OYEYEMI: When I’m in the daily writing phase of a book I get a bit too intense about influence to read very much, and I’ll usually watch films and TV if there’s still time any time left at the end of the writing day before falling asleep. If there are any writers that Peaces is trying to have a bit of back and forth with, Can Xue is one (particularly her novels Love In The New Millennium and The Last Lover) and Carl Jung is another.

UKIOMOGBE: How many drafts of one piece do you typically write?

OYEYEMI: One, but it’s quite a mission to get it into a state where I could even think of it as a draft.

UKIOMOGBE: What would the title of your memoir be?

OYEYEMI: In Czech, I think it would have to be Kolemjdouci. (In English, Passerby.)

UKIOMOGBE: Who’s your favorite screenwriter?

OYEYEMI: Eight years into K-drama addiction—and having watched K-dramas that feature characters who are K-drama writers—I’m beginning to understand that the big writing name attached to any project often collaborates with co-writers. So when I say I love a Kim Eun-sook drama or a Hong Sisters drama, it seems I’m under the spell of a number of writers allied to a particular sensibility. If it’s the Hong Sisters, I’m guaranteed to have cried all the tears I have in my body by the final episode of the story. Crying whilst laughing: the soul equivalent of being tickled with aggressive delicacy. I’d recommend Hotel Del Luna—I think it’s still on Netflix. With a Kim Eun-sook, the aesthetic and emotional terrain is quite different… more billows of steam and stretches of black ice. I thought I couldn’t love any TV show more than I loved Kim Eun Sook’s Goblin, and then last year she came back with The King: Eternal Monarch. I think that one’s still on Netflix too.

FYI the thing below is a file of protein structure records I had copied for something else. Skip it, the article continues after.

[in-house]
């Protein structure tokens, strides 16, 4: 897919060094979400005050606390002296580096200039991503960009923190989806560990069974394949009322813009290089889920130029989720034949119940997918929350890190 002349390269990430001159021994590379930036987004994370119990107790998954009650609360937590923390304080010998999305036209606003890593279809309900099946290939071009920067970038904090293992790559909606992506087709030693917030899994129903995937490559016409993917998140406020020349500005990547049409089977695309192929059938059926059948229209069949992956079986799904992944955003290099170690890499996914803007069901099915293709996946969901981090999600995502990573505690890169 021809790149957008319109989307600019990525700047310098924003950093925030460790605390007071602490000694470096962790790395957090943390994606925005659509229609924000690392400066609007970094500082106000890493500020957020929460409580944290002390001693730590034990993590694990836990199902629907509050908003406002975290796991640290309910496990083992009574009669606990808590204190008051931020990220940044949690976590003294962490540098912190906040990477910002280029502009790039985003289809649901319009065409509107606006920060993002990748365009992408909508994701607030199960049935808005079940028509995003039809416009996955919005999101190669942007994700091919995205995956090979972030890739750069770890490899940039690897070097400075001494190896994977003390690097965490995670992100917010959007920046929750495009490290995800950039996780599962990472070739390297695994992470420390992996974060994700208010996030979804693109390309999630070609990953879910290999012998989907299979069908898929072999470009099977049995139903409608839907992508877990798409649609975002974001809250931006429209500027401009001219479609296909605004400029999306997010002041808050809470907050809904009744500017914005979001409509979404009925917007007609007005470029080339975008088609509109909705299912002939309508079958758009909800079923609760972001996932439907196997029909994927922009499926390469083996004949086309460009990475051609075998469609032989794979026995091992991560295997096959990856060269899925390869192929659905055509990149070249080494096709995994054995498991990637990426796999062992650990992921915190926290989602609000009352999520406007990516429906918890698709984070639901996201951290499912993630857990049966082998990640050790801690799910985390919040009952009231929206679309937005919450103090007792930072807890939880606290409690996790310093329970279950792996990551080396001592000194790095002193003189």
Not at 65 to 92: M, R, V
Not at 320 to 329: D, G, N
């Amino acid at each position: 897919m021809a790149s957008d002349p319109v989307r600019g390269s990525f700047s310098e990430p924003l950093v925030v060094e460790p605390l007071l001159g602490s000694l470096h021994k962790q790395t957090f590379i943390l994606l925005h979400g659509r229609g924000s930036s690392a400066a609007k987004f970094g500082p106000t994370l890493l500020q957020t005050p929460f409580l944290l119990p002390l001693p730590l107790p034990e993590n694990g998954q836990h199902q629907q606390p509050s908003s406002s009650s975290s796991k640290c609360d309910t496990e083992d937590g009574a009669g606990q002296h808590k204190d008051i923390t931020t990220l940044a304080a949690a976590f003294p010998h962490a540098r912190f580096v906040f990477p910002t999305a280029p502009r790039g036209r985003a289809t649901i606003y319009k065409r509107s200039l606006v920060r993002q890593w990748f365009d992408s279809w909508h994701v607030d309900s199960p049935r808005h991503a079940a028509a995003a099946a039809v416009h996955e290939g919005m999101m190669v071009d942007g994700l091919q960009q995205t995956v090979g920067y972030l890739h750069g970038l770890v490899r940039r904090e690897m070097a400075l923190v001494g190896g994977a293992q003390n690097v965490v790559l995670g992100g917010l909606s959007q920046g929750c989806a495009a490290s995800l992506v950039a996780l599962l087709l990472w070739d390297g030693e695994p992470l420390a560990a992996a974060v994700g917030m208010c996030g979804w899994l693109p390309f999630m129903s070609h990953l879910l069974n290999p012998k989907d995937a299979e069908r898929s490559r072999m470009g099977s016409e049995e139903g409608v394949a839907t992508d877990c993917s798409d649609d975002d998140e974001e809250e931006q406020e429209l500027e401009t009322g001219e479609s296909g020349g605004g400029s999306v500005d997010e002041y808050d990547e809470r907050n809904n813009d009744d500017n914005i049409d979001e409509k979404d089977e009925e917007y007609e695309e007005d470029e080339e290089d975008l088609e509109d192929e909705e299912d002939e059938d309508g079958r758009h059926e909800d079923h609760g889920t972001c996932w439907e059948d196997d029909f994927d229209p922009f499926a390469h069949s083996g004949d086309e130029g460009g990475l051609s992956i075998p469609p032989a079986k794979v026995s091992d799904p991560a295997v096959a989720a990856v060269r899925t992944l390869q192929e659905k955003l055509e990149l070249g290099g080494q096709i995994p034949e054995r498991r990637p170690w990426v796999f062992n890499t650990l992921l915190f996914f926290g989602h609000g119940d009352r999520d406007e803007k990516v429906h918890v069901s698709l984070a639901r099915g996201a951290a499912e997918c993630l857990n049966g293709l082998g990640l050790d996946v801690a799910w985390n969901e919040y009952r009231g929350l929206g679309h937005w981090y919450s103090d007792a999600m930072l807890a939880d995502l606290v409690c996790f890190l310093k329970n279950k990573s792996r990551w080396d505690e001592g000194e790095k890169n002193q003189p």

UKIOMOGBE: Do you consider writing to be a spiritual practice?

OYEYEMI: At times, writing puts an interesting sort of strain on the senses that can be similar to some spiritual activity, but personally I feel it’s more akin to inner space travel than finding a way out of the existing framework.

UKIOMOGBE: Which writers would you choose to have dinner with, living or dead?

OYEYEMI: In my current mood, I’d ask Emily Dickinson, Christine Chia, Kelly Link, Zdeněk Jirotka, Mariana Enriquez, Sara Gran, Wislawa Symborska, Ali Smith, Heather O’Neill, Catherine Chung, Olga Tokarczuk, and Marina Endicott. Remarkable tableside chat aside, I also somehow have a notion that between us—plus friends and friends of friends we’d all call in—we’d work out how to give Covid-19 such a good scare that it realizes it should never have even dreamed of starting anything.

UKIOMOGBE: Can great writing save the world?

OYEYEMI: Great writing does so many indescribably essential things. However, I feel like our relationship with that which is written is disturbing enough that awarding words the power to save the world also means awarding them the power to destroy the world. So I’d strongly prefer trying every conceivable non-violent method of saving the world before attempting the great writing route. That wasn’t an answer, was it? I suppose the short answer would be that I don’t know if writing really can acquire superpower status, and I’m very okay with never finding out.